Thursday, February 25, 2010

Vanitas

A few weeks ago, a relative who shall remain nameless stumbled across a gimmick manufactured by Ancestry.com, which claims to be "the world's largest resource for family history documents and family trees." The gimmick is a book. The title of the book is The [insert your name here] Name in History. You can buy this book -- yes, a book about your name, about you, in History -- on Amazon (among other places). If your name is Caravaggio, for example, and you search Amazon's book catalog, you'll find it at #52 (or thereabouts), nestled among books having to do with the eponymous painter, and a few novels (none of them by Michael Ondaatje).

Worse, a different relative, also unidentified for the protection of her/his own cred, having been alerted to the existence of this gimmick, took the bait. The purchase came to $29.99, which made it Eligible for Free Super Saver Shipping.

Super.

Worst, when the silly thing arrived, I got tasked with examining it and explaining to those of my blood kin who'd been tricked into giving this matter a passing thought just what it is. Presumably so they won't buy one for themselves.

So. What is it?

The product description on Amazon:
"This book is part of the Our Name in History series, a collection of fascinating facts and statistics, alongside short historical commentary, created to tell the story of previous generations who have shared this name. The information in this book is a compendium of research and data pulled from census records, military records, ships' logs, immigrant and port records, as well as other reputable sources."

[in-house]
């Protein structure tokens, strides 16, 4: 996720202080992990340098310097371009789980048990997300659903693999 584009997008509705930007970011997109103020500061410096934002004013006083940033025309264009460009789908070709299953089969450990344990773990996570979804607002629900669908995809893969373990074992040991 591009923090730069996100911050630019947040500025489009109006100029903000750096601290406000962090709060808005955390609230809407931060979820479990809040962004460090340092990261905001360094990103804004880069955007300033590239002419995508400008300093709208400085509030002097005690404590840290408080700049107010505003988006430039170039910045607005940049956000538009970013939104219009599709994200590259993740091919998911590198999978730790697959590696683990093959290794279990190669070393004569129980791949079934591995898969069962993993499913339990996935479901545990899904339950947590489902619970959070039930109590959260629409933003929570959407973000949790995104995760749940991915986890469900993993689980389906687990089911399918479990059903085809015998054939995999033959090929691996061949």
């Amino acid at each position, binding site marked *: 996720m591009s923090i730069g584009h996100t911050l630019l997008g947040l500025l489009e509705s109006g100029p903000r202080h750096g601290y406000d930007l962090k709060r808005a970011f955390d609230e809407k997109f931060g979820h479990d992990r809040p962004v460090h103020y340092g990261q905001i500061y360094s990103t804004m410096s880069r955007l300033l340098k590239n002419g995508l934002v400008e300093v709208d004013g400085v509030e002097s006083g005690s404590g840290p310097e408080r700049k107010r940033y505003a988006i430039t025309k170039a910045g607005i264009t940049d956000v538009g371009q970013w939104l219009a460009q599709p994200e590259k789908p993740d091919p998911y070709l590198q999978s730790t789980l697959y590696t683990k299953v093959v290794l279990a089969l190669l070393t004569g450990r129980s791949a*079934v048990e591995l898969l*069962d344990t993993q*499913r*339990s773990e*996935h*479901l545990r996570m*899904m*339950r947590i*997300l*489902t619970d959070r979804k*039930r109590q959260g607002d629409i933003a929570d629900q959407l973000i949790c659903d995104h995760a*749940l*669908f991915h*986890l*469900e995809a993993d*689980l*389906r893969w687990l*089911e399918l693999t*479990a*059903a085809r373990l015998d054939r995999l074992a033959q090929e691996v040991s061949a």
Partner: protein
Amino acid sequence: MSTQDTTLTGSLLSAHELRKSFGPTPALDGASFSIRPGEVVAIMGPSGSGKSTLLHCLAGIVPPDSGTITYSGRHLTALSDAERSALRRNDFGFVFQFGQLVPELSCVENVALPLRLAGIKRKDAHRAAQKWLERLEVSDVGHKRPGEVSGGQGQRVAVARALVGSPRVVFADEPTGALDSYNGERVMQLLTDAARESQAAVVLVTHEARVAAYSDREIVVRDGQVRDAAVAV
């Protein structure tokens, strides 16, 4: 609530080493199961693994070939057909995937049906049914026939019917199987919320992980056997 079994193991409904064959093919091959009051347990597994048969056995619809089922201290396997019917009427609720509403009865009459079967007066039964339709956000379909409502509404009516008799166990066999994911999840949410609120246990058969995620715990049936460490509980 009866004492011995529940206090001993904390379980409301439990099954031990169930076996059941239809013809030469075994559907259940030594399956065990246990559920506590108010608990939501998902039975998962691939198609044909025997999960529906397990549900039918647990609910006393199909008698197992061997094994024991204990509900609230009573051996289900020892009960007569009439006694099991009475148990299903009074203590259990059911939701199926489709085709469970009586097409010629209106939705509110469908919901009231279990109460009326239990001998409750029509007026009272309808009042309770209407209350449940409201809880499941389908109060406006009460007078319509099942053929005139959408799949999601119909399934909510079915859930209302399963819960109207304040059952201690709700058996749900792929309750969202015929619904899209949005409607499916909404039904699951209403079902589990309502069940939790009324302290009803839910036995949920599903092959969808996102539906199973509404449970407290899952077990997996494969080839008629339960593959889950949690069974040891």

If your name is Caravaggio, I suppose there might be a rich vein of census records, military records, ships' logs, immigrant and port records, and other sources -- reputable and not. If your name is Masover this is not the case. What my family gets out of this ... product ... are pages like the Historical Timeline that runs from 1840 to Today, with 9 detail boxes describing what Masovers were up to during this period. Where there are no census records, military records, ships' logs, etc. related to Masovers, generic factoids gleaned from the Historical Record are printed: 1840 - 2.6 million households with most living in New York. Fascinating. The Masovers scored 4 factoids out of nine on the timeline that aren't generic. Those factoids tell how many Masovers were registered for the U.S. draft during World War One (7); how many Masover households there were in 1920 (3); how many Masover soldiers served in the U.S. Armed Forces during World War Two (2); and where most Masover households live today (California and Illinois).

The rest of the book is similarly constructed. Boilerplate generalities with mostly-uninteresting particulars inserted using the print-on-demand equivalent of your favorite word processor's merge function.

Kinda thin.

In fact, the whole book is kinda thin, 71 pages unless you count the back matter, titled "Discover Your Family," and consisting of some framing context, some worksheets, a glossary, and a set of "selected sources." As suggested by the factoids cited above, the in History part of the title is a little disingenuous. These are 'Merican records that are mined, so really we're talking The [insert your name here] Name in the U.S. Bureaucratic Record.

I can't wait to give it back to the unnamed relative who forked over money for this thing.

1 comment:

  1. I would have purchased such a book if my family name is Hapsburg or Medici. Sigh.

    Matthew Felix Sun

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